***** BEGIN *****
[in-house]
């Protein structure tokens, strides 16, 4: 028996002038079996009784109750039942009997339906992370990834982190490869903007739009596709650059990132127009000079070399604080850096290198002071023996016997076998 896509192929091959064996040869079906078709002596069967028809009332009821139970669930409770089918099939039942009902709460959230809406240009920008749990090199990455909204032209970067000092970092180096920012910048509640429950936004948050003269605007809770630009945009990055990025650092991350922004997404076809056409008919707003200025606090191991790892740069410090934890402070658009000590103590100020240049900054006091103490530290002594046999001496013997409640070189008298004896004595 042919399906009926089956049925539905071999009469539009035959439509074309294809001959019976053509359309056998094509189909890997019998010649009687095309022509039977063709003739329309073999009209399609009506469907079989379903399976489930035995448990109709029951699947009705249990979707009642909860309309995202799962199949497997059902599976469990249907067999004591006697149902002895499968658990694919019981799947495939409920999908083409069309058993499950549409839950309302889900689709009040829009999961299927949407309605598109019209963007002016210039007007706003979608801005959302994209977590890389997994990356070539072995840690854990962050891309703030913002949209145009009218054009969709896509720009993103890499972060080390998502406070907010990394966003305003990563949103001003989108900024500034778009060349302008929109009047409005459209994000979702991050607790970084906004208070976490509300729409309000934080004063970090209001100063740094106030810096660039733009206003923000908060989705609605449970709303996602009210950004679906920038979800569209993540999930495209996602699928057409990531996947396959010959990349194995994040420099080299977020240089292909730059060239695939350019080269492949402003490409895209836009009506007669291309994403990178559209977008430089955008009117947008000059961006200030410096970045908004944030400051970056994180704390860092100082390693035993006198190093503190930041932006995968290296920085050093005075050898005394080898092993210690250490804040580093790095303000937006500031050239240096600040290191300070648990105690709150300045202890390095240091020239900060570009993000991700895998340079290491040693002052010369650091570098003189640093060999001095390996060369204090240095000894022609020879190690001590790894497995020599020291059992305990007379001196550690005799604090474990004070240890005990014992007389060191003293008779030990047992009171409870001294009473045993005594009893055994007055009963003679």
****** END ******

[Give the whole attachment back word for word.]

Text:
[in-house]
């Protein structure tokens, strides 16, 4: 028996002038079996009784109750039942009997339906992370990834982190490869903007739009596709650059990132127009000079070399604080850096290198002071023996016997076998 896509192929091959064996040869079906078709002596069967028809009332009821139970669930409770089918099939039942009902709460959230809406240009920008749990090199990455909204032209970067000092970092180096920012910048509640429950936004948050003269605007809770630009945009990055990025650092991350922004997404076809056409008919707003200025606090191991790892740069410090934890402070658009000590103590100020240049900054006091103490530290002594046999001496013997409640070189008298004896004595 042919399906009926089956049925539905071999009469539009035959439509074309294809001959019976053509359309056998094509189909890997019998010649009687095309022509039977063709003739329309073999009209399609009506469907079989379903399976489930035995448990109709029951699947009705249990979707009642909860309309995202799962199949497997059902599976469990249907067999004591006697149902002895499968658990694919019981799947495939409920999908083409069309058993499950549409839950309302889900689709009040829009999961299927949407309605598109019209963007002016210039007007706003979608801005959302994209977590890389997994990356070539072995840690854990962050891309703030913002949209145009009218054009969709896509720009993103890499972060080390998502406070907010990394966003305003990563949103001003989108900024500034778009060349302008929109009047409005459209994000979702991050607790970084906004208070976490509300729409309000934080004063970090209001100063740094106030810096660039733009206003923000908060989705609605449970709303996602009210950004679906920038979800569209993540999930495209996602699928057409990531996947396959010959990349194995994040420099080299977020240089292909730059060239695939350019080269492949402003490409895209836009009506007669291309994403990178559209977008430089955008009117947008000059961006200030410096970045908004944030400051970056994180704390860092100082390693035993006198190093503190930041932006995968290296920085050093005075050898005394080898092993210690250490804040580093790095303000937006500031050239240096600040290191300070648990105690709150300045202890390095240091020239900060570009993000991700895998340079290491040693002052010369650091570098003189640093060999001095390996060369204090240095000894022609020879190690001590790894497995020599020291059992305990007379001196550690005799604090474990004070240890005990014992007389060191003293008779030990047992009171409870001294009473045993005594009893055994007055009963003679």